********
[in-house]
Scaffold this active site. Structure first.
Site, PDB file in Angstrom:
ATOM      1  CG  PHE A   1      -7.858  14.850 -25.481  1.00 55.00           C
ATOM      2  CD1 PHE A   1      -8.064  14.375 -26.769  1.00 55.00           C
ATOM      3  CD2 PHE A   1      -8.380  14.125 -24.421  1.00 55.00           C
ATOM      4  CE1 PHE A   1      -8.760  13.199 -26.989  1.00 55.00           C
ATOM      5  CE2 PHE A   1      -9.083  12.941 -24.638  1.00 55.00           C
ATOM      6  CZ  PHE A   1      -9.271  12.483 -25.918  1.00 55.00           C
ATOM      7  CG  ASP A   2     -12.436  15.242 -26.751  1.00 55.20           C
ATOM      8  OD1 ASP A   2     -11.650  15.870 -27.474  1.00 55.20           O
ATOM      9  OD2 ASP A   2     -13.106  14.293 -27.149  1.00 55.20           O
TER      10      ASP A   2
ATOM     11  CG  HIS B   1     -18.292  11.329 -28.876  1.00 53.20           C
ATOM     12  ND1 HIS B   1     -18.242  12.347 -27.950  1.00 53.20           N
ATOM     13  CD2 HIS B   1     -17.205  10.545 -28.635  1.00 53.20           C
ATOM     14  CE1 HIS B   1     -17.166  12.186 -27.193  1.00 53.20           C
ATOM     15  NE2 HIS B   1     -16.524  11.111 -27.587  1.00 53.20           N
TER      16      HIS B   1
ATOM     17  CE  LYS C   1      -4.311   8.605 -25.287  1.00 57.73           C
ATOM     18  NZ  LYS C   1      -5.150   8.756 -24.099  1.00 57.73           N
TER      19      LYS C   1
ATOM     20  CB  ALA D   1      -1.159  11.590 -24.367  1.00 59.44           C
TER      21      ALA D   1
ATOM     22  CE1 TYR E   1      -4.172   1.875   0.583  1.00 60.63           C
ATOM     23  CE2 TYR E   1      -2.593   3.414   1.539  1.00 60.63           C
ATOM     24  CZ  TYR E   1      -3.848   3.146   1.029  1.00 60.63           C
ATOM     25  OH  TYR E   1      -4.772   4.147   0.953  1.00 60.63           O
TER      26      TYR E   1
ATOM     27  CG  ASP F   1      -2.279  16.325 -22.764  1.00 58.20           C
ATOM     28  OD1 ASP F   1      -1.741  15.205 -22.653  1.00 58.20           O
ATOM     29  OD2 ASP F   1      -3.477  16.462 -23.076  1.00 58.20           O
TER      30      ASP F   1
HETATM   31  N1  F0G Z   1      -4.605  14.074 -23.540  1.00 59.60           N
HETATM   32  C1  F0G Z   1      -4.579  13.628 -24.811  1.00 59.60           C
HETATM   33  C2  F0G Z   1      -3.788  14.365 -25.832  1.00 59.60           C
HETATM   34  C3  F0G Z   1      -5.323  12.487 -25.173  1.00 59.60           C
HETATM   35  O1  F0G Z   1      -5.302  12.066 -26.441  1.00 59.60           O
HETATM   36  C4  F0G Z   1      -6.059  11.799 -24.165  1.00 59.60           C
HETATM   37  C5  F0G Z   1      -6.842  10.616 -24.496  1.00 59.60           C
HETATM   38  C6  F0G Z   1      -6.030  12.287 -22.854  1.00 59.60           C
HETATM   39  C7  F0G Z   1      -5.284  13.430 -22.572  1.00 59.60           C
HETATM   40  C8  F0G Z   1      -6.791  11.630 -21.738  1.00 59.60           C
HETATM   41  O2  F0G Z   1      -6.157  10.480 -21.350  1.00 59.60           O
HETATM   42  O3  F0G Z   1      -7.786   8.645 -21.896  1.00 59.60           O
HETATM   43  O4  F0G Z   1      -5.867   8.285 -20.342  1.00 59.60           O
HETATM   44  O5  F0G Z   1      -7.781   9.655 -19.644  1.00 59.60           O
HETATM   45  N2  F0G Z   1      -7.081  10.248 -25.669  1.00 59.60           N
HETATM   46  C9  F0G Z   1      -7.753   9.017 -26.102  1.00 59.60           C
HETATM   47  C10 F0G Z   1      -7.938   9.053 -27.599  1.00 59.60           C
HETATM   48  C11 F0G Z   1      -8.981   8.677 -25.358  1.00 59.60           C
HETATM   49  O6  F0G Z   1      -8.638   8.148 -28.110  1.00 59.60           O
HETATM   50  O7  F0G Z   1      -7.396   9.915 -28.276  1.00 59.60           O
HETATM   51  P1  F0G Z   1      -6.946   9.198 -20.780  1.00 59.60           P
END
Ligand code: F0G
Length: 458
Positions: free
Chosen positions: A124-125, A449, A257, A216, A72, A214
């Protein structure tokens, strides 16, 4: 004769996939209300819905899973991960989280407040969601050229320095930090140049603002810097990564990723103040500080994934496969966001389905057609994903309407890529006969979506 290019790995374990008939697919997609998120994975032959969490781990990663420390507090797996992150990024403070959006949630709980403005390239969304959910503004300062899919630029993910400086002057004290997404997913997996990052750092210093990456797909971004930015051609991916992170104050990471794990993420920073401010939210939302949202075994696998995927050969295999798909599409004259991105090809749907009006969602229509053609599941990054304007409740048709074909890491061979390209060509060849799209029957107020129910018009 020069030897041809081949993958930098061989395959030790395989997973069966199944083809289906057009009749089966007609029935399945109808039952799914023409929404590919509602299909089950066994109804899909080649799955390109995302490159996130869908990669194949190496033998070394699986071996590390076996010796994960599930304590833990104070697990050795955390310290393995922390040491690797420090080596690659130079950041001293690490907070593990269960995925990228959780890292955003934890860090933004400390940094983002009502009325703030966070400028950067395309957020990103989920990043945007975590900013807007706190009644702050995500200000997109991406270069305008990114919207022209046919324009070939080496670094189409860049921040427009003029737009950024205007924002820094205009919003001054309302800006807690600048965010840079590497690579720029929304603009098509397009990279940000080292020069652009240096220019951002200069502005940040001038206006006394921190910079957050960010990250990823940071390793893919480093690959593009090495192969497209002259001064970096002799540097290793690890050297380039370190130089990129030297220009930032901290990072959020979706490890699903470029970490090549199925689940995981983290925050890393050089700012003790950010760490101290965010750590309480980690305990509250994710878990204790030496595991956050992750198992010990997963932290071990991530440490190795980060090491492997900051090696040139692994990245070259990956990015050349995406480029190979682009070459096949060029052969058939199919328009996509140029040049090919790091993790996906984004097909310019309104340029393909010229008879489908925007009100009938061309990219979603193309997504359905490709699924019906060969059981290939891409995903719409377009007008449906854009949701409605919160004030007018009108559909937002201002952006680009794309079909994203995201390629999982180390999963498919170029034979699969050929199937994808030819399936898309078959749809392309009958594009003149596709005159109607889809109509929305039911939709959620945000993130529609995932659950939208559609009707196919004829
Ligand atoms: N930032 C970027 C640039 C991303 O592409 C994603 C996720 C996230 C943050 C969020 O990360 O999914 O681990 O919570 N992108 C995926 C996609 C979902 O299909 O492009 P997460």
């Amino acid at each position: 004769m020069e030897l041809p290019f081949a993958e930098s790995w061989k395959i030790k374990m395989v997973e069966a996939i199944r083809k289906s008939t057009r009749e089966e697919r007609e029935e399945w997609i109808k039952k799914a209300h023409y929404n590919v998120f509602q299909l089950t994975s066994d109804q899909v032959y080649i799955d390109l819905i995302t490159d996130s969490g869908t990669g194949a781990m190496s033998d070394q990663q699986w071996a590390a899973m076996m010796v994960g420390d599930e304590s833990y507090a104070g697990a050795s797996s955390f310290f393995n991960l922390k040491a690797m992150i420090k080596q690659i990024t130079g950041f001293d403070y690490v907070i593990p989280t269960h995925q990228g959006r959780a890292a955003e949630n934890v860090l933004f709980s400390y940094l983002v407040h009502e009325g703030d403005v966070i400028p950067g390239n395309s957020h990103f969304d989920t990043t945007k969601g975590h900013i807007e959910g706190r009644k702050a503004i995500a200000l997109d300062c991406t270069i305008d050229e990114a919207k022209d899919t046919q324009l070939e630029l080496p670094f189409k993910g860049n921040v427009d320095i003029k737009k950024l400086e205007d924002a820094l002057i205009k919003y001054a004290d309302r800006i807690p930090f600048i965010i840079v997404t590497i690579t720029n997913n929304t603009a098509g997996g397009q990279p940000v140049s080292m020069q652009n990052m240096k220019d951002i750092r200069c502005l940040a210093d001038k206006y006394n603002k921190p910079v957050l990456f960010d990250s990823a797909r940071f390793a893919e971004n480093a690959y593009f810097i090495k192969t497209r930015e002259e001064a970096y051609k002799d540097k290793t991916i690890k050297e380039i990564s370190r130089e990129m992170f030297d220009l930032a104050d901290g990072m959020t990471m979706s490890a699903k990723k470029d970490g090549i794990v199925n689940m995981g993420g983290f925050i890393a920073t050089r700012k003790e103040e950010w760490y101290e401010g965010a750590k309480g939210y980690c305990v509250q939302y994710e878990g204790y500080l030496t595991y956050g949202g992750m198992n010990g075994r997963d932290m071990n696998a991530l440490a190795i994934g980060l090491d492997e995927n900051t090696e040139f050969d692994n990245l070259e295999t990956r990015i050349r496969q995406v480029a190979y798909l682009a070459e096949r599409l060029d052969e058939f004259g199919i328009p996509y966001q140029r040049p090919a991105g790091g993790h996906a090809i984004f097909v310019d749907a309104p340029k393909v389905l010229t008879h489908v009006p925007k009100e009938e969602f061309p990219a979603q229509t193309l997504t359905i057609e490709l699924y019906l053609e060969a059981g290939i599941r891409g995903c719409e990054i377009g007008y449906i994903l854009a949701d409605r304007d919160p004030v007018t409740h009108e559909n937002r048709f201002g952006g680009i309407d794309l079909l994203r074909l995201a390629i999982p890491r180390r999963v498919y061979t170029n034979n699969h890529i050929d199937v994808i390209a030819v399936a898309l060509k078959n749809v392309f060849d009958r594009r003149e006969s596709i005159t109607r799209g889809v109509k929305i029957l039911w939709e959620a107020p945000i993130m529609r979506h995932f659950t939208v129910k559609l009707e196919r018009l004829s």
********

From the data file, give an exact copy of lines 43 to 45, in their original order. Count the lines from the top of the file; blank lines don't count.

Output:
HETATM   40  C8  F0G Z   1      -6.791  11.630 -21.738  1.00 59.60           C
HETATM   41  O2  F0G Z   1      -6.157  10.480 -21.350  1.00 59.60           O
HETATM   42  O3  F0G Z   1      -7.786   8.645 -21.896  1.00 59.60           O